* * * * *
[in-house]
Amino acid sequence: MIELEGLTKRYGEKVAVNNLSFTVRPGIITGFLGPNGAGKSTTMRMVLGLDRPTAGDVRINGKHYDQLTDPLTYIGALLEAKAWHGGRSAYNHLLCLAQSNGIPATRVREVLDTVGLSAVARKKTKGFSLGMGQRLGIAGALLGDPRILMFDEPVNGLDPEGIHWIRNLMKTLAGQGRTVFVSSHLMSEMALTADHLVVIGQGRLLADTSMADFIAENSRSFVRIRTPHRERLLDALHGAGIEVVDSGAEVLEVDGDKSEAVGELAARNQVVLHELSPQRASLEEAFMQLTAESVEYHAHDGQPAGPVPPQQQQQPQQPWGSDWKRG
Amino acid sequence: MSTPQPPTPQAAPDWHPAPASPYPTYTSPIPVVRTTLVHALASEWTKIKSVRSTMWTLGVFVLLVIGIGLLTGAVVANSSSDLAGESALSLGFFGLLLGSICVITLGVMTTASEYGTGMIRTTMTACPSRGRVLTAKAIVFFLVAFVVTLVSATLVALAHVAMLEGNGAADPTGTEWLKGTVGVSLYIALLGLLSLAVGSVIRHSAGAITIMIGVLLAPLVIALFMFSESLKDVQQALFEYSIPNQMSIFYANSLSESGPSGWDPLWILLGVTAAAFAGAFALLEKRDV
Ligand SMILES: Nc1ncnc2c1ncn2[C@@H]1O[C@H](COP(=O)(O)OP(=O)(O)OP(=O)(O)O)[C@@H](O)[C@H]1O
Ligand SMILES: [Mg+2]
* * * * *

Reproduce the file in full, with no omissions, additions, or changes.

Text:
[in-house]
Amino acid sequence: MIELEGLTKRYGEKVAVNNLSFTVRPGIITGFLGPNGAGKSTTMRMVLGLDRPTAGDVRINGKHYDQLTDPLTYIGALLEAKAWHGGRSAYNHLLCLAQSNGIPATRVREVLDTVGLSAVARKKTKGFSLGMGQRLGIAGALLGDPRILMFDEPVNGLDPEGIHWIRNLMKTLAGQGRTVFVSSHLMSEMALTADHLVVIGQGRLLADTSMADFIAENSRSFVRIRTPHRERLLDALHGAGIEVVDSGAEVLEVDGDKSEAVGELAARNQVVLHELSPQRASLEEAFMQLTAESVEYHAHDGQPAGPVPPQQQQQPQQPWGSDWKRG
Amino acid sequence: MSTPQPPTPQAAPDWHPAPASPYPTYTSPIPVVRTTLVHALASEWTKIKSVRSTMWTLGVFVLLVIGIGLLTGAVVANSSSDLAGESALSLGFFGLLLGSICVITLGVMTTASEYGTGMIRTTMTACPSRGRVLTAKAIVFFLVAFVVTLVSATLVALAHVAMLEGNGAADPTGTEWLKGTVGVSLYIALLGLLSLAVGSVIRHSAGAITIMIGVLLAPLVIALFMFSESLKDVQQALFEYSIPNQMSIFYANSLSESGPSGWDPLWILLGVTAAAFAGAFALLEKRDV
Ligand SMILES: Nc1ncnc2c1ncn2[C@@H]1O[C@H](COP(=O)(O)OP(=O)(O)OP(=O)(O)O)[C@@H](O)[C@H]1O
Ligand SMILES: [Mg+2]